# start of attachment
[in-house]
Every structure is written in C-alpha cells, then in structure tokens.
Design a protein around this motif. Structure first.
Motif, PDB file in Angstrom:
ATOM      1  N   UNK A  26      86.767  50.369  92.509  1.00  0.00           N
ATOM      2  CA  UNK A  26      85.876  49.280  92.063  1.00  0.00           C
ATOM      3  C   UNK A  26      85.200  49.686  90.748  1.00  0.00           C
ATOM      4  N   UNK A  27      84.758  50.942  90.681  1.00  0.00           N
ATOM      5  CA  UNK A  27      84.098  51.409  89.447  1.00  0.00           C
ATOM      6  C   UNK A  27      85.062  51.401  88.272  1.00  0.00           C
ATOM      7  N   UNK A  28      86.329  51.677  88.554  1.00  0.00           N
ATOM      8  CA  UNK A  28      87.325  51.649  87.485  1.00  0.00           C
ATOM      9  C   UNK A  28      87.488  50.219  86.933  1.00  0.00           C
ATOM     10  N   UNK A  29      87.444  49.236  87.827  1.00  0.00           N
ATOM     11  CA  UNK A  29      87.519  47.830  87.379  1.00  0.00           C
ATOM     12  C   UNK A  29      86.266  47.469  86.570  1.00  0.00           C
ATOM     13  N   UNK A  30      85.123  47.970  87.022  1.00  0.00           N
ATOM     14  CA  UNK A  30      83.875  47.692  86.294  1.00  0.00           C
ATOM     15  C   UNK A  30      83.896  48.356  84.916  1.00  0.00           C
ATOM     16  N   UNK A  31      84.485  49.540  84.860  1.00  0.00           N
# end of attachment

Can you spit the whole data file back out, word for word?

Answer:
[in-house]
Every structure is written in C-alpha cells, then in structure tokens.
Design a protein around this motif. Structure first.
Motif, PDB file in Angstrom:
ATOM      1  N   UNK A  26      86.767  50.369  92.509  1.00  0.00           N
ATOM      2  CA  UNK A  26      85.876  49.280  92.063  1.00  0.00           C
ATOM      3  C   UNK A  26      85.200  49.686  90.748  1.00  0.00           C
ATOM      4  N   UNK A  27      84.758  50.942  90.681  1.00  0.00           N
ATOM      5  CA  UNK A  27      84.098  51.409  89.447  1.00  0.00           C
ATOM      6  C   UNK A  27      85.062  51.401  88.272  1.00  0.00           C
ATOM      7  N   UNK A  28      86.329  51.677  88.554  1.00  0.00           N
ATOM      8  CA  UNK A  28      87.325  51.649  87.485  1.00  0.00           C
ATOM      9  C   UNK A  28      87.488  50.219  86.933  1.00  0.00           C
ATOM     10  N   UNK A  29      87.444  49.236  87.827  1.00  0.00           N
ATOM     11  CA  UNK A  29      87.519  47.830  87.379  1.00  0.00           C
ATOM     12  C   UNK A  29      86.266  47.469  86.570  1.00  0.00           C
ATOM     13  N   UNK A  30      85.123  47.970  87.022  1.00  0.00           N
ATOM     14  CA  UNK A  30      83.875  47.692  86.294  1.00  0.00           C
ATOM     15  C   UNK A  30      83.896  48.356  84.916  1.00  0.00           C
ATOM     16  N   UNK A  31      84.485  49.540  84.860  1.00  0.00           N